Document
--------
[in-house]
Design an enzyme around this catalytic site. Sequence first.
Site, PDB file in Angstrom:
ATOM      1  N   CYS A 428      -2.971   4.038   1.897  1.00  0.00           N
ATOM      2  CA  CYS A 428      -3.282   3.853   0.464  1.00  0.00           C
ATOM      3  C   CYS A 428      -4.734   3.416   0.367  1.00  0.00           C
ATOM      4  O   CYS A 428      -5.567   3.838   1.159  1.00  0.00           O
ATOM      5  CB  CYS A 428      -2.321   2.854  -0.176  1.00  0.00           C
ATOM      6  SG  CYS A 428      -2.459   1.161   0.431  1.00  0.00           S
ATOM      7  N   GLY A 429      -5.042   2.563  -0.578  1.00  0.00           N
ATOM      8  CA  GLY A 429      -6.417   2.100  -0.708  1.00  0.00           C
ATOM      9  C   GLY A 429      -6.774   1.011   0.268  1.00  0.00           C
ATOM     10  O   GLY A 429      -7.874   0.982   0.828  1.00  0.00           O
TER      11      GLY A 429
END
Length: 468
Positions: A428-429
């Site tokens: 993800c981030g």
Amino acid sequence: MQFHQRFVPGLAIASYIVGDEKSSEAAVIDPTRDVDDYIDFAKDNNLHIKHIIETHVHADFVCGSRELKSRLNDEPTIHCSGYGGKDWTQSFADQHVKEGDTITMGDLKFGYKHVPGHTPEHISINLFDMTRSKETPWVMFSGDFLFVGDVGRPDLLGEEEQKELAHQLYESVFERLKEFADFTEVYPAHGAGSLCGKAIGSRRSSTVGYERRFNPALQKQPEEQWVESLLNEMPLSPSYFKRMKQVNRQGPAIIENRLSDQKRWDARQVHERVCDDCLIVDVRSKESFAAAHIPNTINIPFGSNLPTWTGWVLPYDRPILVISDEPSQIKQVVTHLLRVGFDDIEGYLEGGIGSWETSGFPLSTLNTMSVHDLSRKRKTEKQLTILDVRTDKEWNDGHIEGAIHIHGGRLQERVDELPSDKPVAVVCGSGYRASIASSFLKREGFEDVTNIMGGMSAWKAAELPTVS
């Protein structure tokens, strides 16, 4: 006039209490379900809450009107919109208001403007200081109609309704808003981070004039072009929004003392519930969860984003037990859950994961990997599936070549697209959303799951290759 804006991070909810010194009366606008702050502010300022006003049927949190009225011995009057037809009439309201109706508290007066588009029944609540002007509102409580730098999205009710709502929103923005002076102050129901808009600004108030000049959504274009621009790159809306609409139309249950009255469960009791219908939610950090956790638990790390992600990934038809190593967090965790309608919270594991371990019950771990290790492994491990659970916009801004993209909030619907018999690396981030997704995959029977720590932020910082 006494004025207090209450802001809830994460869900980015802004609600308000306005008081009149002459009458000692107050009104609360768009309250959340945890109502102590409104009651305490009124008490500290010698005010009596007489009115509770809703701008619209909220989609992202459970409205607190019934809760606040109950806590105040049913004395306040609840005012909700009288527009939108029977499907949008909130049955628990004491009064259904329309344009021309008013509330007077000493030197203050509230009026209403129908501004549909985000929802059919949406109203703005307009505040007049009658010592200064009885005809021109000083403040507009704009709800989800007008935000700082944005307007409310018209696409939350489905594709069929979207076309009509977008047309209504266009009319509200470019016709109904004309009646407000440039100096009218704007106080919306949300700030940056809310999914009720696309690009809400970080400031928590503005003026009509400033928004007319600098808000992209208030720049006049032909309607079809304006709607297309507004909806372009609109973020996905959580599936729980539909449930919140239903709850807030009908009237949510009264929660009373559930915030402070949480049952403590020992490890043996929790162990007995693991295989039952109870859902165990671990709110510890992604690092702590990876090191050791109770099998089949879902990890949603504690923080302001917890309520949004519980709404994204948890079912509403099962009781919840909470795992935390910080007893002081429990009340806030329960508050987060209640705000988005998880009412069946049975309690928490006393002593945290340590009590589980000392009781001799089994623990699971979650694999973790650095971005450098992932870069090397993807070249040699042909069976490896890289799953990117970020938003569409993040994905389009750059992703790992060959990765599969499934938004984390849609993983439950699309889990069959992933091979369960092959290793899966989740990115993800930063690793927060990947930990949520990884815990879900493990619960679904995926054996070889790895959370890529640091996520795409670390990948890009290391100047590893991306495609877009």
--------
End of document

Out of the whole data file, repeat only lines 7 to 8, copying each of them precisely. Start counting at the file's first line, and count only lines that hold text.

ATOM      4  O   CYS A 428      -5.567   3.838   1.159  1.00  0.00           O
ATOM      5  CB  CYS A 428      -2.321   2.854  -0.176  1.00  0.00           C